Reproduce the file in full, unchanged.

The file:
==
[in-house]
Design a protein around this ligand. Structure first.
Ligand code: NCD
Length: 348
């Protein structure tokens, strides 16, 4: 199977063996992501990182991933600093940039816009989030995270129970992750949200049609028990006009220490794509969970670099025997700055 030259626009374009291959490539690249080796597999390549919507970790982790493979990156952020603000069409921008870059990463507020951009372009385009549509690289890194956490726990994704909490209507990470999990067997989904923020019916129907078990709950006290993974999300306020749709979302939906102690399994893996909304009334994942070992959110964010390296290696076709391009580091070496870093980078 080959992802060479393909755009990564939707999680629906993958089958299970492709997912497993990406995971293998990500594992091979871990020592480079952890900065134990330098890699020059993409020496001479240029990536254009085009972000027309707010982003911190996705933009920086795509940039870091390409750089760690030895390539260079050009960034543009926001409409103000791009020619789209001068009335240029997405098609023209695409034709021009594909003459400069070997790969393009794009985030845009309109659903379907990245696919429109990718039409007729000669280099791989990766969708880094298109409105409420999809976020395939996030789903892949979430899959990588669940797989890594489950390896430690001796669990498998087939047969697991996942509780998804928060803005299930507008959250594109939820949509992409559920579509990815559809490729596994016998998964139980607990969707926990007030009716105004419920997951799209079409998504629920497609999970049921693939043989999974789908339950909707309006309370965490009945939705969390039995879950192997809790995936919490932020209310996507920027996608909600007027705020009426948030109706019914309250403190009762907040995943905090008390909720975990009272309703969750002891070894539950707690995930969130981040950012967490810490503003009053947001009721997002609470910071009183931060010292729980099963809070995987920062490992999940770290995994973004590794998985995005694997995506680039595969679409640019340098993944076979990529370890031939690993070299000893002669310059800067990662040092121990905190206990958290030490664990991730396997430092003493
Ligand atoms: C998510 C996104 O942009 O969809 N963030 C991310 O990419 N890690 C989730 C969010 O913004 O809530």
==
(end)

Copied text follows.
[in-house]
Design a protein around this ligand. Structure first.
Ligand code: NCD
Length: 348
């Protein structure tokens, strides 16, 4: 199977063996992501990182991933600093940039816009989030995270129970992750949200049609028990006009220490794509969970670099025997700055 030259626009374009291959490539690249080796597999390549919507970790982790493979990156952020603000069409921008870059990463507020951009372009385009549509690289890194956490726990994704909490209507990470999990067997989904923020019916129907078990709950006290993974999300306020749709979302939906102690399994893996909304009334994942070992959110964010390296290696076709391009580091070496870093980078 080959992802060479393909755009990564939707999680629906993958089958299970492709997912497993990406995971293998990500594992091979871990020592480079952890900065134990330098890699020059993409020496001479240029990536254009085009972000027309707010982003911190996705933009920086795509940039870091390409750089760690030895390539260079050009960034543009926001409409103000791009020619789209001068009335240029997405098609023209695409034709021009594909003459400069070997790969393009794009985030845009309109659903379907990245696919429109990718039409007729000669280099791989990766969708880094298109409105409420999809976020395939996030789903892949979430899959990588669940797989890594489950390896430690001796669990498998087939047969697991996942509780998804928060803005299930507008959250594109939820949509992409559920579509990815559809490729596994016998998964139980607990969707926990007030009716105004419920997951799209079409998504629920497609999970049921693939043989999974789908339950909707309006309370965490009945939705969390039995879950192997809790995936919490932020209310996507920027996608909600007027705020009426948030109706019914309250403190009762907040995943905090008390909720975990009272309703969750002891070894539950707690995930969130981040950012967490810490503003009053947001009721997002609470910071009183931060010292729980099963809070995987920062490992999940770290995994973004590794998985995005694997995506680039595969679409640019340098993944076979990529370890031939690993070299000893002669310059800067990662040092121990905190206990958290030490664990991730396997430092003493
Ligand atoms: C998510 C996104 O942009 O969809 N963030 C991310 O990419 N890690 C989730 C969010 O913004 O809530």